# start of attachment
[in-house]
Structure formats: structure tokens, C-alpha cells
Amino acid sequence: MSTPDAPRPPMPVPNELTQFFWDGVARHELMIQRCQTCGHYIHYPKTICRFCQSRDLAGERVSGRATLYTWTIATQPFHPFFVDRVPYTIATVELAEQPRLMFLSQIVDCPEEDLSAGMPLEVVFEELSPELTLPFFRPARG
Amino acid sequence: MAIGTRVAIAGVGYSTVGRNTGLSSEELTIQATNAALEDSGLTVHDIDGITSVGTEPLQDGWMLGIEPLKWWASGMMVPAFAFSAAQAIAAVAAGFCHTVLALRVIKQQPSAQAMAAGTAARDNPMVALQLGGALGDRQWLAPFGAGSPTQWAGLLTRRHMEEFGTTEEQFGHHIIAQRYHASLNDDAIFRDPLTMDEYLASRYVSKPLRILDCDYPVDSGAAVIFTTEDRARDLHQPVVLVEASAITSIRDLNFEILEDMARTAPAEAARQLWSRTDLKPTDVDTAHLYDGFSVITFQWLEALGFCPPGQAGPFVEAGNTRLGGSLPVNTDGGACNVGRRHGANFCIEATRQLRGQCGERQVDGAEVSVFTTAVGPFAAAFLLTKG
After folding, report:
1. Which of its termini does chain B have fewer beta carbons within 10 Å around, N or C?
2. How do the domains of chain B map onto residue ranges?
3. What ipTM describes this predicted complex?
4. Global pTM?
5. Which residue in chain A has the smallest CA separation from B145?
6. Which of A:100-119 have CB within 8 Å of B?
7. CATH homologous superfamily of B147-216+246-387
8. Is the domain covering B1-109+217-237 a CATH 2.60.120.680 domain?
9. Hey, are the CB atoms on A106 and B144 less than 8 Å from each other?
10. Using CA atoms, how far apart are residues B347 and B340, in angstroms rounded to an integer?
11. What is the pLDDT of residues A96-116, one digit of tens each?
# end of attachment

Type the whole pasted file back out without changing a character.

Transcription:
[in-house]
Structure formats: structure tokens, C-alpha cells
Amino acid sequence: MSTPDAPRPPMPVPNELTQFFWDGVARHELMIQRCQTCGHYIHYPKTICRFCQSRDLAGERVSGRATLYTWTIATQPFHPFFVDRVPYTIATVELAEQPRLMFLSQIVDCPEEDLSAGMPLEVVFEELSPELTLPFFRPARG
Amino acid sequence: MAIGTRVAIAGVGYSTVGRNTGLSSEELTIQATNAALEDSGLTVHDIDGITSVGTEPLQDGWMLGIEPLKWWASGMMVPAFAFSAAQAIAAVAAGFCHTVLALRVIKQQPSAQAMAAGTAARDNPMVALQLGGALGDRQWLAPFGAGSPTQWAGLLTRRHMEEFGTTEEQFGHHIIAQRYHASLNDDAIFRDPLTMDEYLASRYVSKPLRILDCDYPVDSGAAVIFTTEDRARDLHQPVVLVEASAITSIRDLNFEILEDMARTAPAEAARQLWSRTDLKPTDVDTAHLYDGFSVITFQWLEALGFCPPGQAGPFVEAGNTRLGGSLPVNTDGGACNVGRRHGANFCIEATRQLRGQCGERQVDGAEVSVFTTAVGPFAAAFLLTKG
After folding, report:
1. Which of its termini does chain B have fewer beta carbons within 10 Å around, N or C?
2. How do the domains of chain B map onto residue ranges?
3. What ipTM describes this predicted complex?
4. Global pTM?
5. Which residue in chain A has the smallest CA separation from B145?
6. Which of A:100-119 have CB within 8 Å of B?
7. CATH homologous superfamily of B147-216+246-387
8. Is the domain covering B1-109+217-237 a CATH 2.60.120.680 domain?
9. Hey, are the CB atoms on A106 and B144 less than 8 Å from each other?
10. Using CA atoms, how far apart are residues B347 and B340, in angstroms rounded to an integer?
11. What is the pLDDT of residues A96-116, one digit of tens each?